The Tech News Blog

September 3, 2013

Intel Unleashes Ivy Bridge-E Extreme Desktop Chips

Intel Core i7 Ivy Bridge-E

If you've already transitioned to a post-PC world, just know that you'll be missing out on the most powerful, blazing fast, crank-it-up-to-11 desktop processor Intel has ever released.

The chip giant unveiled its first lineup of "Ivy Bridge-E" products on Tuesday, including the Core i7-4960X Extreme Edition processor, a six-core, 12-threaded monster with 15MB of L3 cache, four channels of DDR3-1866 memory support with an integrated memory controller, 40 lanes of PCIe 3.0 allowing for up to four discrete graphics cards, and a 3.6GHz base clock which revs up to 4.0GHz in Turbo mode.

The star of Intel's new Core i7 LGA-2011 HEDT processor family will be priced at $999, with two more unlocked, 22-nanometer Ivy Bridge-E chips joining it for a Sept. 10 release date. The other two processors being rolled out next Tuesday are the six-core Core i7 4930K (3.4GHz base clock/3.9Ghz Turbo, 12MB cache, $555) and quad-core Core i7 4820K (3.7GHz/3.9GHz, 10MB cache, $310).

Both of those CPUs also support four DIMMs of DDR3-1866 memory and feature Intel's Hyper-Threading and Smart Cache technologies.

Meanwhile, the power bill you'll rack up with any of Intel's latest, greatest Core i7 parts isn't small potatoes—the TDP for all three new processors is 130 watts. To keep those CPUs running smoothly, there are plenty of performance desktop cooling solutions on the market—Intel is naturally shilling its own sub-$100 Liquid Cooling TS13X system with both fan-circulated air and pump-circulated propylene glycol for the job.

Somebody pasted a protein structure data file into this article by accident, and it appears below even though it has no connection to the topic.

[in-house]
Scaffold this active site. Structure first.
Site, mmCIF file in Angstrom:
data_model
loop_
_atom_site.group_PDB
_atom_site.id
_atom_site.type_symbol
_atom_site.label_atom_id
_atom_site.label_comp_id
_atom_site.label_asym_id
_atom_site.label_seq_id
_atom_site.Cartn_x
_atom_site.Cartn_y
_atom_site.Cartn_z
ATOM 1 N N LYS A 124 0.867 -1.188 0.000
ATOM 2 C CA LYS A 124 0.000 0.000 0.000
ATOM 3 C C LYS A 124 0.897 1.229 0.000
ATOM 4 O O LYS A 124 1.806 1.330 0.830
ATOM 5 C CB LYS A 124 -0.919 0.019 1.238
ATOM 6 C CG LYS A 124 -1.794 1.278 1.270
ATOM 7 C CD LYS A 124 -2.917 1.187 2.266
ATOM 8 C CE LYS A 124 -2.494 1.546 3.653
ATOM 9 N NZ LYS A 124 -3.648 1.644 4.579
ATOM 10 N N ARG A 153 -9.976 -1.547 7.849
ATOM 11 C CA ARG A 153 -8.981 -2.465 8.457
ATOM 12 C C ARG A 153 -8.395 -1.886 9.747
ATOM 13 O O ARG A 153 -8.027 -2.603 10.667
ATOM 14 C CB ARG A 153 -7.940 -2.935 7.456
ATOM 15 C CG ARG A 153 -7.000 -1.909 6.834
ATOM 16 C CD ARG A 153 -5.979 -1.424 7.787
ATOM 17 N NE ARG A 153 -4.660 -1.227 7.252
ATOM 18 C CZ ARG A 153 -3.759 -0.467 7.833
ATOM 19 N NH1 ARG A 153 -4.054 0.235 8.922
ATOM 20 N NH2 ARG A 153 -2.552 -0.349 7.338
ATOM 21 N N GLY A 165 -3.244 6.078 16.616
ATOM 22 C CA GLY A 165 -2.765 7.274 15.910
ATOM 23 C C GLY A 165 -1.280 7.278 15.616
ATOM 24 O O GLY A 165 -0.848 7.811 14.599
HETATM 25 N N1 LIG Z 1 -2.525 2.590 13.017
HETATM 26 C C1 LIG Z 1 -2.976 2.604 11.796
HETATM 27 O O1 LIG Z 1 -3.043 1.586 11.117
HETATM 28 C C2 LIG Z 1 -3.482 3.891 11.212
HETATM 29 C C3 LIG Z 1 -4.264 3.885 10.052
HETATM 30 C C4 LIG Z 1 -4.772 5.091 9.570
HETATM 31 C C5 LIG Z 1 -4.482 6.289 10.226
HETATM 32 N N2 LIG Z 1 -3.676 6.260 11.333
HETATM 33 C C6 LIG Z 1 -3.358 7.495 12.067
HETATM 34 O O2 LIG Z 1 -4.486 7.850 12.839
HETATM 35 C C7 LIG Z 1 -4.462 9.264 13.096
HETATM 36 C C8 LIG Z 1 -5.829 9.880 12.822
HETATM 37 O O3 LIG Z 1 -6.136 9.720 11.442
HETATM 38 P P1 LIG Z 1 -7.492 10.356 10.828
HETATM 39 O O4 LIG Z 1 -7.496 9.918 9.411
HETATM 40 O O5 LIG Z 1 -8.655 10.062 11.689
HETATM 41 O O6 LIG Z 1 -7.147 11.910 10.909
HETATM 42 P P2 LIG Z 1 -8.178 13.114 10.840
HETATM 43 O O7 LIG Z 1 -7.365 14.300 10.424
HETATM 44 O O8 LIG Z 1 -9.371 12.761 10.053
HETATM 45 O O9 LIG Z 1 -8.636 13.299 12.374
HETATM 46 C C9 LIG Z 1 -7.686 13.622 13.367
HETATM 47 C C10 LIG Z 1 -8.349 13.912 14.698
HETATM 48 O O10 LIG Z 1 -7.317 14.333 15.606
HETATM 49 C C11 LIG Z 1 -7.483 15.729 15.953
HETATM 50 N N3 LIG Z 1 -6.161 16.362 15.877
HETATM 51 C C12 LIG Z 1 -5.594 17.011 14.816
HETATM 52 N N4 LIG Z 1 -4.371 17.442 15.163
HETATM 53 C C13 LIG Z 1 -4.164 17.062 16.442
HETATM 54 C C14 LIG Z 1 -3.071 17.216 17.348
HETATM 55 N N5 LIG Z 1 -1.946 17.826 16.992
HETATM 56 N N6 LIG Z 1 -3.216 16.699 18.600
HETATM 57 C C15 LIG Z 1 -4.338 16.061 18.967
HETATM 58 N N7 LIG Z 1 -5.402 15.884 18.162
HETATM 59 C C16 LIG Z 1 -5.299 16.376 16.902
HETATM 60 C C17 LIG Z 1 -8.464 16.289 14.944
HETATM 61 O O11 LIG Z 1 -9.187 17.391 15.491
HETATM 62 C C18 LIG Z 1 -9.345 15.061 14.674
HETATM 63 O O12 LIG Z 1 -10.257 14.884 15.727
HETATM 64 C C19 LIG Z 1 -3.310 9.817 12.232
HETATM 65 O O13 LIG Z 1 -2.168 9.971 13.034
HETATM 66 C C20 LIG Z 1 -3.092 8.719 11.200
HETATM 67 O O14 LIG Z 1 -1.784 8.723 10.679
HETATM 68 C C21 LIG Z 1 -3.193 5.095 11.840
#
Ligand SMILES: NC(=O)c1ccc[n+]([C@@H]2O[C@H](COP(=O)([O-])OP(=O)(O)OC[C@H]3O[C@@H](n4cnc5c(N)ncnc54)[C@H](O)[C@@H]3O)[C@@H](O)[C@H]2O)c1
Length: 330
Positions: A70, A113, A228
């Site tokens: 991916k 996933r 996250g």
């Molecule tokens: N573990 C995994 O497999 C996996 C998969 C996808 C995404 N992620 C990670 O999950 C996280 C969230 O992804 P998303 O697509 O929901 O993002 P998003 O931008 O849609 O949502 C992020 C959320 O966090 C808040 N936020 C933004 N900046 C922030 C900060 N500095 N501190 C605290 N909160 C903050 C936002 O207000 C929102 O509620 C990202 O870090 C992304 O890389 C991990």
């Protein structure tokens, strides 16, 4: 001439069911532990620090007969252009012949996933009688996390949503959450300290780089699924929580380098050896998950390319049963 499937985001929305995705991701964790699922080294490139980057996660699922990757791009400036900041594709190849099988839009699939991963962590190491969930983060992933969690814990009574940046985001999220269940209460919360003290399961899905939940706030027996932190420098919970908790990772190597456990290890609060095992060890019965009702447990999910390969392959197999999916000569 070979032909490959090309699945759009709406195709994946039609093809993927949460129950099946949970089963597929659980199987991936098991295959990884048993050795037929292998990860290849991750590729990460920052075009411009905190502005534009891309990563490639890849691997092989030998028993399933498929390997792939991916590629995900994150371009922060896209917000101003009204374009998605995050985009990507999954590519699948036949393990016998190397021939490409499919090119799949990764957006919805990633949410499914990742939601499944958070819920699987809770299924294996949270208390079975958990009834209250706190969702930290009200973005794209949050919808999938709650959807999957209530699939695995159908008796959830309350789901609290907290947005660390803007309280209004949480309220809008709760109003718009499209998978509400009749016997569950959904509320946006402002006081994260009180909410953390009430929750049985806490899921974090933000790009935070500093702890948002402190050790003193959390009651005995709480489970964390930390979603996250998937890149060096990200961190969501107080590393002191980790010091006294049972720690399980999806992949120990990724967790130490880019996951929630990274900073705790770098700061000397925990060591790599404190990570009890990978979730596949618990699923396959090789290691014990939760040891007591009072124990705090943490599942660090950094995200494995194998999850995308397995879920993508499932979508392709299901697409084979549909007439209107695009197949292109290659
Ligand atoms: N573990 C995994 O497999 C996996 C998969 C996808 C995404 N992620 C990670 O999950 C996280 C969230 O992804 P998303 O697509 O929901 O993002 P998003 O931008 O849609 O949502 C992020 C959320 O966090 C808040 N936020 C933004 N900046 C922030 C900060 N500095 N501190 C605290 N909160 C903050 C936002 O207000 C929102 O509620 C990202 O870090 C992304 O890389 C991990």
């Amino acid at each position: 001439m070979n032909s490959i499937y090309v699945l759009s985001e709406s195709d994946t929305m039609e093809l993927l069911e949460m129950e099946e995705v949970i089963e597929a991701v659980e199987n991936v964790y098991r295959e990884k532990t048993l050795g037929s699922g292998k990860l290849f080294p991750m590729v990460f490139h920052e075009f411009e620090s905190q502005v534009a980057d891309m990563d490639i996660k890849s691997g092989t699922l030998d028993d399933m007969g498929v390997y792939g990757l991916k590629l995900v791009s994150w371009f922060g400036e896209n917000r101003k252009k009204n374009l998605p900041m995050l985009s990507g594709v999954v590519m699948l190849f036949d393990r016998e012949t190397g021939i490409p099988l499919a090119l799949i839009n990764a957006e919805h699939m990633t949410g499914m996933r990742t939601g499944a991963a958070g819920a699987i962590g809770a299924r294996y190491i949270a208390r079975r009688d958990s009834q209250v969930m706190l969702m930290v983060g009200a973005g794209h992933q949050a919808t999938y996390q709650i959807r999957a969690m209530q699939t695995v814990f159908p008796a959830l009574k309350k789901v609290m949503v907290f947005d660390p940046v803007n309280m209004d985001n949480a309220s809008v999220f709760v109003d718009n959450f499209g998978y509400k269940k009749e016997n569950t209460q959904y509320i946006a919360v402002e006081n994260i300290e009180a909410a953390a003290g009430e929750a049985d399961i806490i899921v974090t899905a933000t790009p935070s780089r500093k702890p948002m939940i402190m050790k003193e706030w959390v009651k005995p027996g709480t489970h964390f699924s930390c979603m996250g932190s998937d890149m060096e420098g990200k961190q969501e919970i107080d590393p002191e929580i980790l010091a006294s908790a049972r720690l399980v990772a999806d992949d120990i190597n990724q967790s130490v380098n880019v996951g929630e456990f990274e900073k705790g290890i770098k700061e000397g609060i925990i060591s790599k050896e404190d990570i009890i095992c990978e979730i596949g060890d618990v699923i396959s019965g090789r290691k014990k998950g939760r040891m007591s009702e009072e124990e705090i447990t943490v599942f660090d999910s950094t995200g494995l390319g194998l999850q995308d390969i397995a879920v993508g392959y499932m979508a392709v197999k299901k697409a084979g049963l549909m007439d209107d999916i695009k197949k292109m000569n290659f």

June 4, 2012

Sony Unveils Vaio Laptops, Desktops

Sony VAIO Laptops 2012 With the launch of Intel's third-generation processors, Sony is outfitting its updated Vaio laptops with new features and fresh designs to match the upgraded processing and graphics capabilities. Across the board, the new Vaio models will be equipped with HD webcams featuring Sony's Exmor sensor, boosting audio with X-Loud and ClearPhase Audio, larger trackpads with multiple finger gesture controls, backlit keyboards across all Vaio model lines, and a host of software goodies, like a full creative suite and webcam-based gesture controls.

Vaio T-Series and Z-Series
Topping the list of eagerly awaited systems are the Vaio T-Series and Z-Series, two 13-inch systems with plenty to love. The Vaio T13 is Sony's first ultrabook, with Core i5 and i7 Ivy Bridge processors available, as well as a selection of ports and hard drive options.

The T13 is available with either a 500GB hard drive, bolstered with a 32GB solid state cache for instant on and speedy performance ($899 with an Intel Core i5 processor), or you can go whole hog ($1,299 with Core i7) with a 128GB solid-state drive (SSD), which is smaller in capacity, but offers blazing fast performance. The 0.7-inch thick ultrabook has plastic and aluminum construction, with a brushed aluminum lid and a drop hinge design that offers a more comfortable typing experience by raising the back end of the system during use.

The Vaio Z13 may not be as slim as the T13, but with carbon-fiber construction keeping things light while packing a 1920-by-1080 resolution, 13-inch display, and Intel Core i7 Ivy Bridge quad-core processor, you'll hardly notice the extra bulk. The Vaio T13 starts at $1,999 and is available in either black or gold color schemes.

May 31, 2012

Intel Announces 14 New Ivy Bridge CPUs